MONTREAL — The heart of Canada’s fur industry in the downtown core here is being hit by higher rents due to rising land values, forcing some fur garment manufacturers to find better deals outside the city center.

Office and residential developers are pushing out the furriers, who are mostly family-owned businesses and who have been in the neighborhood for more than 50 years.

That could mean higher costs and longer waiting in the fur-making process because many furriers and subcontractors will no longer be working in close proximity, sometimes in the same building. It could also mean a loss of business from locals and tourists who stay in nearby hotels.

The first blow occurred three years ago when a classic 11-story building on tiny Mayor Street that housed dozens of fur garment manufacturers was converted into 120 luxury condominiums.

The latest setback is a plan to transform the Fifties-era Gordon Brown building on nearby de Maisonneuve Boulevard in the heart of the fur district into new office space. Rents will jump from $5 a square foot to $16 (converted from Canadian dollars), leaving the furriers with little choice but to find cheaper space.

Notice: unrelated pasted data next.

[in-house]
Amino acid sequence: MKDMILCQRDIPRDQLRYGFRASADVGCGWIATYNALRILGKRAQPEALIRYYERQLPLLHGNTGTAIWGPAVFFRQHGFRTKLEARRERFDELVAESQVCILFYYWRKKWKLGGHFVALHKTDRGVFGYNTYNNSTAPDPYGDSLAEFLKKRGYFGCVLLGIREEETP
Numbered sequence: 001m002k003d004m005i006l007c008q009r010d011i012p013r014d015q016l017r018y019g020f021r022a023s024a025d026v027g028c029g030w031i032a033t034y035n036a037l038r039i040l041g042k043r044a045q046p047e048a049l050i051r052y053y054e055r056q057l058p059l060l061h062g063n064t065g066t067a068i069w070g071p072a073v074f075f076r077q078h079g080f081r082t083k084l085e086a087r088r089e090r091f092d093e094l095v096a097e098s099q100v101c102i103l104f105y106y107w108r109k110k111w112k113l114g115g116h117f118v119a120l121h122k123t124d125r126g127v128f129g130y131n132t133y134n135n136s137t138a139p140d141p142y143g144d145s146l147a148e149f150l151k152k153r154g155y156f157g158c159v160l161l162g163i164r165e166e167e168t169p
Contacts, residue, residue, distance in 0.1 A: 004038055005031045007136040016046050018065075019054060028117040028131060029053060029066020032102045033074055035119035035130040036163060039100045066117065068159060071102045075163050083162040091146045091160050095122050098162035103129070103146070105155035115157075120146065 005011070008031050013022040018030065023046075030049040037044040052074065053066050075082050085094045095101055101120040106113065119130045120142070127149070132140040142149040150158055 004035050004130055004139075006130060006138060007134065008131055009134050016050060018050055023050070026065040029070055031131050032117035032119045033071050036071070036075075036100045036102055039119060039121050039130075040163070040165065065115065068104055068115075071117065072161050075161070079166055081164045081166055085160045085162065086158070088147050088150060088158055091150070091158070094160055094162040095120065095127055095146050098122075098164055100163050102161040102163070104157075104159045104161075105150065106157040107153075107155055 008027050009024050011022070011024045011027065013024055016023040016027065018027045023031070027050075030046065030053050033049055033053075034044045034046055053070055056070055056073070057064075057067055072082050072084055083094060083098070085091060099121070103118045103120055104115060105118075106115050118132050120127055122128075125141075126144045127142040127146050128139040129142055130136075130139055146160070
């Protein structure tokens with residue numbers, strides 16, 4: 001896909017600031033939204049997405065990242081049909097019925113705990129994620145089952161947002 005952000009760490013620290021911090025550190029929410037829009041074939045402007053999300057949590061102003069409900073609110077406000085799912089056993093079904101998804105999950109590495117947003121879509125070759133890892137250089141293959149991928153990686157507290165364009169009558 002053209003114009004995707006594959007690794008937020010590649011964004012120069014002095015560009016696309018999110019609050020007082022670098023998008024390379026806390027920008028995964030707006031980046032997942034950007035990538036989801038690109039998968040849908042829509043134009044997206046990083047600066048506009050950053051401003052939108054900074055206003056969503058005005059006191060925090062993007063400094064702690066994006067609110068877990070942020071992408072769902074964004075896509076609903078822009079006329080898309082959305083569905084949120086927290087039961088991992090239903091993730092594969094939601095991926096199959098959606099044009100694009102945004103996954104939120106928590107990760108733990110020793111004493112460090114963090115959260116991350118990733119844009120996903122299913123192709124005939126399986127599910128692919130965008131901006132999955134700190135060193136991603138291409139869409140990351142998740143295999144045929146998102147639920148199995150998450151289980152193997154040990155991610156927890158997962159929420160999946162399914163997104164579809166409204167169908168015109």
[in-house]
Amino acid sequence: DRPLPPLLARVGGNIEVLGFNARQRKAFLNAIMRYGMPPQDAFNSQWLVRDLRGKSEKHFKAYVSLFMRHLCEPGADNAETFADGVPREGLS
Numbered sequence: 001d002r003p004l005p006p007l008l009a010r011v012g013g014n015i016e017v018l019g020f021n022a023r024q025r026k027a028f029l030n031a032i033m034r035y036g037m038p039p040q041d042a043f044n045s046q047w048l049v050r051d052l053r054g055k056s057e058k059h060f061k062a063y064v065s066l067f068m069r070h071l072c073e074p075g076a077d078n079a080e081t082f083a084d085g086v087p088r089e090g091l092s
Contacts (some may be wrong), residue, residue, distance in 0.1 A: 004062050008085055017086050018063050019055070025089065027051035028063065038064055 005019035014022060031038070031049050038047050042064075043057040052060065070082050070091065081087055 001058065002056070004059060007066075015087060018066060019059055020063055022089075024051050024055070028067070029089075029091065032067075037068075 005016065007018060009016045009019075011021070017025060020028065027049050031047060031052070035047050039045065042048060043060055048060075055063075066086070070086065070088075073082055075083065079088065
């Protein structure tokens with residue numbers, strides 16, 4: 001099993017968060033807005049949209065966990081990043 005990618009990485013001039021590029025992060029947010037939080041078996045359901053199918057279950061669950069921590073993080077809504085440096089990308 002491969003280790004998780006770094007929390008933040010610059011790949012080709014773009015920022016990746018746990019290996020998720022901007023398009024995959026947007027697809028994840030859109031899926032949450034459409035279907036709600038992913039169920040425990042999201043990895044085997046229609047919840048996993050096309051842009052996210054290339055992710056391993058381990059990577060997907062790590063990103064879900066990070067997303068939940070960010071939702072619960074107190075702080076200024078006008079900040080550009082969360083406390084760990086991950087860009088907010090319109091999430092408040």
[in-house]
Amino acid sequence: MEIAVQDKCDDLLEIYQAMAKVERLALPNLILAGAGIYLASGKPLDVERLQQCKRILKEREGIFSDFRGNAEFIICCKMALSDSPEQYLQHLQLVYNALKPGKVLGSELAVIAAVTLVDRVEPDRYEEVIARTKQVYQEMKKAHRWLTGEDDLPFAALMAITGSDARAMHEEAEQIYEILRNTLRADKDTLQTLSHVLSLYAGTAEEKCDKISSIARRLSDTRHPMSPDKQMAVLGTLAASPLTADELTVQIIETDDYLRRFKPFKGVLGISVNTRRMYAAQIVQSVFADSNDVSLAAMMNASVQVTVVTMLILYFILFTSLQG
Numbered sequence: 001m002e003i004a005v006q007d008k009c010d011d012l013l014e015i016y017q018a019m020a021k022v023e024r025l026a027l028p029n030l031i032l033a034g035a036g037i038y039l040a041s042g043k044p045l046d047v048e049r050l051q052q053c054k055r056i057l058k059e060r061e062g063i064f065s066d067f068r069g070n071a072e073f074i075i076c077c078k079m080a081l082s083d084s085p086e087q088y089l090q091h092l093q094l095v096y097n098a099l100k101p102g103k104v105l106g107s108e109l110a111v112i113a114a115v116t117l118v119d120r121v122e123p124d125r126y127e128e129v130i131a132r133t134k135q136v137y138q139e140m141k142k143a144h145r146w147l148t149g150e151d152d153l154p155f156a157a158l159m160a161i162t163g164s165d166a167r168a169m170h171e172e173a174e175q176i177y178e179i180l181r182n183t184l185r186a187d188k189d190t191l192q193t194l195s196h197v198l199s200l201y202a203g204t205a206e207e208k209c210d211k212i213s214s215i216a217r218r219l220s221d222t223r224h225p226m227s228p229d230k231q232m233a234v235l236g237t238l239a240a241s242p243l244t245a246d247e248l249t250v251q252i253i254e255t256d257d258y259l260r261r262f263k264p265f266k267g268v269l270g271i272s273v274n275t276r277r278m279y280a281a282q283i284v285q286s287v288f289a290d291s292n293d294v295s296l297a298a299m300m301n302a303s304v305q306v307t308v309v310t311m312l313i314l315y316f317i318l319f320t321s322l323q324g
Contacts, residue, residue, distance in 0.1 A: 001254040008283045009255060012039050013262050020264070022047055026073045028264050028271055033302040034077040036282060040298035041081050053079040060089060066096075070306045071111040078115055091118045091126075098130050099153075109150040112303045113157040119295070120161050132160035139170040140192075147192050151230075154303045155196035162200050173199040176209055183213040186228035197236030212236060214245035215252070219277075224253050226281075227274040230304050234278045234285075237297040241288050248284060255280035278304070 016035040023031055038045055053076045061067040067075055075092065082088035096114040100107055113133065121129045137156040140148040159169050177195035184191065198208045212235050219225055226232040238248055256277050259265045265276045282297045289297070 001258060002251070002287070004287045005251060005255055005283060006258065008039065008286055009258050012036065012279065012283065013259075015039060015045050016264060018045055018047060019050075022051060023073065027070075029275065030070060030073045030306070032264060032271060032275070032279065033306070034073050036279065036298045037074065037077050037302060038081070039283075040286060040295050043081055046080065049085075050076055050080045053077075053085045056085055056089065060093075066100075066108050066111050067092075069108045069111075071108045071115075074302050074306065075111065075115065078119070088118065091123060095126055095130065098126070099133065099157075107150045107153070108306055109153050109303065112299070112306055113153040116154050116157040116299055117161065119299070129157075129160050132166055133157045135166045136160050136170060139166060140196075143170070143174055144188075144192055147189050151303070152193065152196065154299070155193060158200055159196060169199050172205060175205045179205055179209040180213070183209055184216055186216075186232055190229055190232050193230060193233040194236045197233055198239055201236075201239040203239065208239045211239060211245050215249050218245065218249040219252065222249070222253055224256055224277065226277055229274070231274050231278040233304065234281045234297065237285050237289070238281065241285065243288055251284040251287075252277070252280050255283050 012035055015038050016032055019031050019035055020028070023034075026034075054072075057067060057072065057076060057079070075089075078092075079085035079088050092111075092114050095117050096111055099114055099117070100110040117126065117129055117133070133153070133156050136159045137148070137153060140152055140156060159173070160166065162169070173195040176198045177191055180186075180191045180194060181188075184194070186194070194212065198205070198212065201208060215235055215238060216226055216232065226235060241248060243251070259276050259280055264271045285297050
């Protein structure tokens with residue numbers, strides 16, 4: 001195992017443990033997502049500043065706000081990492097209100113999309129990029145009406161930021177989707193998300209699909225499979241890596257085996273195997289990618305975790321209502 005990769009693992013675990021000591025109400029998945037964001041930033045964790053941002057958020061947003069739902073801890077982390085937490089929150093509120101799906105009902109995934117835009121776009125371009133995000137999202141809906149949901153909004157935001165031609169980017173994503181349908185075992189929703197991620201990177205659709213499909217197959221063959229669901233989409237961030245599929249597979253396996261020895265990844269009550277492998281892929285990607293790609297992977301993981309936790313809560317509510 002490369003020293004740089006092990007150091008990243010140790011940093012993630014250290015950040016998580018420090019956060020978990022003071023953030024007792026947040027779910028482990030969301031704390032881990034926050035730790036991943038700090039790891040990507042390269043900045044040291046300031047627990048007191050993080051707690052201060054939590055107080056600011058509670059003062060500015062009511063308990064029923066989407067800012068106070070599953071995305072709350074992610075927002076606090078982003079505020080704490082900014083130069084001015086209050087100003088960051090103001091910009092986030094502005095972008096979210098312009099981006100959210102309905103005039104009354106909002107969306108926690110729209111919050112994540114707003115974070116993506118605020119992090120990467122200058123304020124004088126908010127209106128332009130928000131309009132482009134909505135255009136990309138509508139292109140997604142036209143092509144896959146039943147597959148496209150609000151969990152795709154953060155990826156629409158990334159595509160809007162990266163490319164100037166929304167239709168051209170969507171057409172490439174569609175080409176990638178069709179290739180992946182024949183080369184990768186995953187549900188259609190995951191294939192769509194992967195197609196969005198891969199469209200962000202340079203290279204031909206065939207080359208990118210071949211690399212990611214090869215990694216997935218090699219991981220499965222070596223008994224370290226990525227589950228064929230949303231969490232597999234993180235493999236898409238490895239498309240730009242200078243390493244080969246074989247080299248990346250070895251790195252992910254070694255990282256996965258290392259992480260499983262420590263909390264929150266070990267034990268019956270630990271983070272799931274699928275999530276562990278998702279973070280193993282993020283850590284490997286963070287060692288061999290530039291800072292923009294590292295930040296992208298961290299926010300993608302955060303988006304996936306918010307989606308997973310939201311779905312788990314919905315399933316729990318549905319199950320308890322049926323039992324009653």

“I’ll be very sorry to leave when our lease is up next March. We’ve been in this building for 50 years,” said Gabie Grossman, 84, whose father Samuel came to Montreal 85 years ago from Leipzig, Germany, and started Samuel Grossman Furs.

Grossman said a lot of furriers are considering moving to the garment district on Chabanel Street in the north end of the city, but he wants something a little more upscale.

“A lot of landlords in this area don’t want to lease to furriers, because they don’t want the hair getting into their ventilation systems,” he said.

There are about 40 furriers in the Brown building, and a number of them have already moved out, according to Alan Herscovici, executive vice president of the Fur Council of Canada. Others will probably leave when their leases expire in 2008 and 2009, he said.

The Fur Council is working with different levels of government to look at ways to keep the industry downtown.

“It’s not just an industry problem, it’s also a problem for the city if they lose a major tourist attraction. There are references all over the city relating to the fur industry, but nothing tying it together.”

This story first appeared in the June 14, 2005 issue of WWD. Subscribe Today.

One of the main references Herscovici pointed out is McGill University, named after benefactor James McGill, an 18th-century merchant who got his start trading furs with Native Americans after emigrating from Scotland to the American colonies and from there moving to Montreal, the main fur trading center.

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